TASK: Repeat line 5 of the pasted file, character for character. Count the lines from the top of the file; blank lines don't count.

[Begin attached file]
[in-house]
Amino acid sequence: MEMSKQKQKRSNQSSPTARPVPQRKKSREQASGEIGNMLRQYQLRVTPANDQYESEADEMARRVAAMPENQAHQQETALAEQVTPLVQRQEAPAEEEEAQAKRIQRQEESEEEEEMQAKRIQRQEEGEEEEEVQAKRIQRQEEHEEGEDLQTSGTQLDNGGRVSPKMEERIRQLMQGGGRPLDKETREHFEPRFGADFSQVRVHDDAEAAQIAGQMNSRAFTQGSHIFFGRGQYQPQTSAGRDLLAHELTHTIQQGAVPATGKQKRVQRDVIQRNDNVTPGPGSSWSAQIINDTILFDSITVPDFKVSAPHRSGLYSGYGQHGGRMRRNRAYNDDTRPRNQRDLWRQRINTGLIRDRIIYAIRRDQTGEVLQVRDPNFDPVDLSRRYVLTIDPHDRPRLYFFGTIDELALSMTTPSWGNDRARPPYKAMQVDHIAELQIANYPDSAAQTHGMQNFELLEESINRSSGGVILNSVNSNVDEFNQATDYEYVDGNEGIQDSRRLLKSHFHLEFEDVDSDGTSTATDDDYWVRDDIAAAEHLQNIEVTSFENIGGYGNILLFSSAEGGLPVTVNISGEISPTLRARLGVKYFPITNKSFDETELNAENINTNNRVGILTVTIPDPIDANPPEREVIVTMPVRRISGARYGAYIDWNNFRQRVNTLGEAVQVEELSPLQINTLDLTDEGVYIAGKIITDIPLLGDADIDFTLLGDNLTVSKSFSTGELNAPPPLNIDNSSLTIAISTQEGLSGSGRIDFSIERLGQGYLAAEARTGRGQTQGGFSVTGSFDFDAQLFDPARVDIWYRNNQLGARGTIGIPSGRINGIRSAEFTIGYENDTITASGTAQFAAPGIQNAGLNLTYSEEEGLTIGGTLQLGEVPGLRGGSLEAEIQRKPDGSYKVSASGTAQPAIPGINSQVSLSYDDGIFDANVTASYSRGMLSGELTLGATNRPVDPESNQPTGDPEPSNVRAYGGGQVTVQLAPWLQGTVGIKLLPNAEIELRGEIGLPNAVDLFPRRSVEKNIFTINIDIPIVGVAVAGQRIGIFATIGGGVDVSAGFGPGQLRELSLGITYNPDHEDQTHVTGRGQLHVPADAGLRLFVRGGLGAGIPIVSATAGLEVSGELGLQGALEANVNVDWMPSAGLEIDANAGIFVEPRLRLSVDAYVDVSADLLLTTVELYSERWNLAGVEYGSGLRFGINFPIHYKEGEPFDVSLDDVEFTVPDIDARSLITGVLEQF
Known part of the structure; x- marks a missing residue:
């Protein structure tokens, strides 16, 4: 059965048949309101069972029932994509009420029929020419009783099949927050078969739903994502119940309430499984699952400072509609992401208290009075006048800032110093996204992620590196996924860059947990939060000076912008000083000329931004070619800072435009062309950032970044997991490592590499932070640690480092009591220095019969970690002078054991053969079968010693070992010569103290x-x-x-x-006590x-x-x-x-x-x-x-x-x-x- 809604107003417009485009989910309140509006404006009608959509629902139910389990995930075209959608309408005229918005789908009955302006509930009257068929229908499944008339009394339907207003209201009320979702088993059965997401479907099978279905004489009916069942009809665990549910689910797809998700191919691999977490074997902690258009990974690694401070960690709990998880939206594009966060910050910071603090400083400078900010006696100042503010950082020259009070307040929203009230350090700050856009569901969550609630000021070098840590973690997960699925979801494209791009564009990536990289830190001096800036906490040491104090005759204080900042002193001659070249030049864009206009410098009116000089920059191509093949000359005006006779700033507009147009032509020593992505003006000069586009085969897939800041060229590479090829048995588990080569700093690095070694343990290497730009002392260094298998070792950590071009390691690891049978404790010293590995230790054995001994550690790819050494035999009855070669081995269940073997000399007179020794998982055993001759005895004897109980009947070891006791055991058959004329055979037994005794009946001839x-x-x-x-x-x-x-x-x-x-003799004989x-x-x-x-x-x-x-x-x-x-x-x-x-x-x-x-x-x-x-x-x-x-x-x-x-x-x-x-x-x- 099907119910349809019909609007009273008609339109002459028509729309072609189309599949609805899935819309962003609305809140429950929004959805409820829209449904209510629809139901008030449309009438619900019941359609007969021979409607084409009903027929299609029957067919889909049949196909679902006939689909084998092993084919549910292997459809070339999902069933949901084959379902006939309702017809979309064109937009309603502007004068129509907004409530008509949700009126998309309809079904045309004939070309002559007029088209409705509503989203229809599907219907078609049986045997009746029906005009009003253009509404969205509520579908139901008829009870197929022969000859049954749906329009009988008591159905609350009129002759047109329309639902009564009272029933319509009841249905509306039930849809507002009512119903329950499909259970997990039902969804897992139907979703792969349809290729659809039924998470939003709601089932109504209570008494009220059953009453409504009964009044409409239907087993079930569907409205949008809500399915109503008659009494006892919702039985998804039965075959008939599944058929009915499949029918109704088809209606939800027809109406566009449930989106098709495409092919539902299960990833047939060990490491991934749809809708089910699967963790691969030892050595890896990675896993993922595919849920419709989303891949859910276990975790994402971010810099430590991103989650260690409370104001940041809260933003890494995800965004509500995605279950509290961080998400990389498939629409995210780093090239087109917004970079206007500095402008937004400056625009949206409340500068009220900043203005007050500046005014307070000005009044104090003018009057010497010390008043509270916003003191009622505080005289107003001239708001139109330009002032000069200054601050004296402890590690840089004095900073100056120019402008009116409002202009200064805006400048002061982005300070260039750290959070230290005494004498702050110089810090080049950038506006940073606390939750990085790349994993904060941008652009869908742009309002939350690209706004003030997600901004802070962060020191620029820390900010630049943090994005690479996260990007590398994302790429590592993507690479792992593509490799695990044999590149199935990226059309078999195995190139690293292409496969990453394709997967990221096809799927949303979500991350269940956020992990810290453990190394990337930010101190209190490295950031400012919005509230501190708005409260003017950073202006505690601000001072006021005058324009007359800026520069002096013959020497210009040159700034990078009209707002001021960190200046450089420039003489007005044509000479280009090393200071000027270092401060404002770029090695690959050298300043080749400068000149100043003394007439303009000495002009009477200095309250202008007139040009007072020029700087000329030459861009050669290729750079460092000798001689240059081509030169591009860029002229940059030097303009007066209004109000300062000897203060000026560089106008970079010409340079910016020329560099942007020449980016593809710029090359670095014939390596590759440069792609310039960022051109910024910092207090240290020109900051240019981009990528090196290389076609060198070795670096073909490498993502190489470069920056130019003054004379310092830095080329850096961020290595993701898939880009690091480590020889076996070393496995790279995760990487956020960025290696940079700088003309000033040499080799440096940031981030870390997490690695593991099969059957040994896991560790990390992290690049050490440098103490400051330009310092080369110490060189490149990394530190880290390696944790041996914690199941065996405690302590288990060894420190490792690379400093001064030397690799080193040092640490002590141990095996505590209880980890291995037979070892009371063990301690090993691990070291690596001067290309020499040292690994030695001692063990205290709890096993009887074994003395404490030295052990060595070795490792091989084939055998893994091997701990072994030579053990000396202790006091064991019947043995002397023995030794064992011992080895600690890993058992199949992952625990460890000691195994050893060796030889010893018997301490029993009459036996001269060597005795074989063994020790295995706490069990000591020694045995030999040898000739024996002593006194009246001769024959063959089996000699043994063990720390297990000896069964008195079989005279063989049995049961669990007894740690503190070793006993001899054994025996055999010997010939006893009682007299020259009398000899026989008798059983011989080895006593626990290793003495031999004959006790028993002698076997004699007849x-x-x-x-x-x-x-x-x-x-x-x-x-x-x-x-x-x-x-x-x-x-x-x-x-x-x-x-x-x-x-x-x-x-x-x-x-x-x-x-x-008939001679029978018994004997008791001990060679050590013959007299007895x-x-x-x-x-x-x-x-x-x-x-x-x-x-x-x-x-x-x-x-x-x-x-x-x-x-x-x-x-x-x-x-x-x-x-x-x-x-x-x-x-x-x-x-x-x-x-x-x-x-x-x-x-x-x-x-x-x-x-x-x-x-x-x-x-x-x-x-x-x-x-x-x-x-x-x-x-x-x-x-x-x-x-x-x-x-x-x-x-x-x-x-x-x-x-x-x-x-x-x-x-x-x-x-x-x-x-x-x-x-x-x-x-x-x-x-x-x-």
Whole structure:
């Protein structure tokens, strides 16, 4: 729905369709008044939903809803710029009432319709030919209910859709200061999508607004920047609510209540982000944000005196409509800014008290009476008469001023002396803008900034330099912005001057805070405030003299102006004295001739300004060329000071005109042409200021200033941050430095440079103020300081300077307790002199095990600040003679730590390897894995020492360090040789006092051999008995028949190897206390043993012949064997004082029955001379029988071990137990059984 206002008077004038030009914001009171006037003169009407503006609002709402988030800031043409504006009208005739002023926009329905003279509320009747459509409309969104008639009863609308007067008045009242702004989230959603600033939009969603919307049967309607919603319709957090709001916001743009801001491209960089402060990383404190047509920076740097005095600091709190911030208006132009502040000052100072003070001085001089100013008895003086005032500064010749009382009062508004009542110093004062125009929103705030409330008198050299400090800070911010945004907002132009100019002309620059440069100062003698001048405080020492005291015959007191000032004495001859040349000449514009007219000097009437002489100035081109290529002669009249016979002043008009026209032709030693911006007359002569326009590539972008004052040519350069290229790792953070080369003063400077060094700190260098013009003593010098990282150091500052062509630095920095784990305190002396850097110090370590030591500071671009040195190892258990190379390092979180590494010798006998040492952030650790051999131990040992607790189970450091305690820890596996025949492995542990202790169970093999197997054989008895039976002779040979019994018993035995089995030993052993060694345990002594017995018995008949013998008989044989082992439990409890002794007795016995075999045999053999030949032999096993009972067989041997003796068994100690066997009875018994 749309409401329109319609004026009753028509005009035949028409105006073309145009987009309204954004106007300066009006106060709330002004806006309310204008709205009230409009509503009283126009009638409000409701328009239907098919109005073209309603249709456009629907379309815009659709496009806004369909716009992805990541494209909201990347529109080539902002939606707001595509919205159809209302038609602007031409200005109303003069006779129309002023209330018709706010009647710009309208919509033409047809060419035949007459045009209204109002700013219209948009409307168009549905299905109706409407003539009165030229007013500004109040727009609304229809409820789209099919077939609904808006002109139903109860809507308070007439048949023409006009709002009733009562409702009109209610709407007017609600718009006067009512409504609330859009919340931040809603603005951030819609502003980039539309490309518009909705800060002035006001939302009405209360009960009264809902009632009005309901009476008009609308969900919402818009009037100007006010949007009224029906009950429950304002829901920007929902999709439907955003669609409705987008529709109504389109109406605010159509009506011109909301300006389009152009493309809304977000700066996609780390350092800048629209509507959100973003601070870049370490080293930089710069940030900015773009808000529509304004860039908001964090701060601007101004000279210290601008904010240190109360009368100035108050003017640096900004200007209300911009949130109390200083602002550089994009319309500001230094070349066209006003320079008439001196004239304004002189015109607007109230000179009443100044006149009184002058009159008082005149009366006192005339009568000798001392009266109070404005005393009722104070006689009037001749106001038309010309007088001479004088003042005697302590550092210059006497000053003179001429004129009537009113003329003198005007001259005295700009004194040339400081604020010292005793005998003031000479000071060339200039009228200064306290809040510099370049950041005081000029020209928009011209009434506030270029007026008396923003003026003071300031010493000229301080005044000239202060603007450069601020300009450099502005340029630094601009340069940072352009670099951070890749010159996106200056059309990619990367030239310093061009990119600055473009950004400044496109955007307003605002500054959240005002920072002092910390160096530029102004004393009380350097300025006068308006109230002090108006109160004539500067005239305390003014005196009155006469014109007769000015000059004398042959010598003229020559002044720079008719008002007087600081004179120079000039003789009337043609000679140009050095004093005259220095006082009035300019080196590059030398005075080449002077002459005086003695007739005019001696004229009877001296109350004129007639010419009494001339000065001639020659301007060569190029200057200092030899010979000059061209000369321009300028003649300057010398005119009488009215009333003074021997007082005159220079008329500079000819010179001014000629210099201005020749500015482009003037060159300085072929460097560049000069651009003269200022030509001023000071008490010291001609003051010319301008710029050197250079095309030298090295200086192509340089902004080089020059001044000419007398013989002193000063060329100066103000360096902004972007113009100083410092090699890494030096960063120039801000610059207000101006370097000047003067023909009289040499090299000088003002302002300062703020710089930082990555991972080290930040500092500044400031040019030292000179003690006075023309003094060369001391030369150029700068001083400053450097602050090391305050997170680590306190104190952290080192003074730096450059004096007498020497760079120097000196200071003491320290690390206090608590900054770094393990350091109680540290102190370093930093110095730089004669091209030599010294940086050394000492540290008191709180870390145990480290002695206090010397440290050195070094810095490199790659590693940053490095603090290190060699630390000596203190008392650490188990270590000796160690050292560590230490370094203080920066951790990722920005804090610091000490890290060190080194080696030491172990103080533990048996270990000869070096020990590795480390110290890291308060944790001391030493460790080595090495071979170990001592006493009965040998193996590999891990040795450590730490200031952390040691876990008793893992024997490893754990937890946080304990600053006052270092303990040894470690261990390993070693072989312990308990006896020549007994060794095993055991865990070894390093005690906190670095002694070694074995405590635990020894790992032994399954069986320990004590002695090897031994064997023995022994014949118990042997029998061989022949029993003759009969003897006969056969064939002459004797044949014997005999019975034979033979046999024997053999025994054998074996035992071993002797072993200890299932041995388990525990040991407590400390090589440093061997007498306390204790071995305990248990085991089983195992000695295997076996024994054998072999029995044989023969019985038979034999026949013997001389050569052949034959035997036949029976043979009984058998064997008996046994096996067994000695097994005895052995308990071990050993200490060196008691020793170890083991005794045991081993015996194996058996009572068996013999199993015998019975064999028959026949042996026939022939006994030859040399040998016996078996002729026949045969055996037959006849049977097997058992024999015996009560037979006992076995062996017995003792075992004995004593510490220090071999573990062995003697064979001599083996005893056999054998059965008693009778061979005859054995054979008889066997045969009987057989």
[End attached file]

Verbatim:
Whole structure: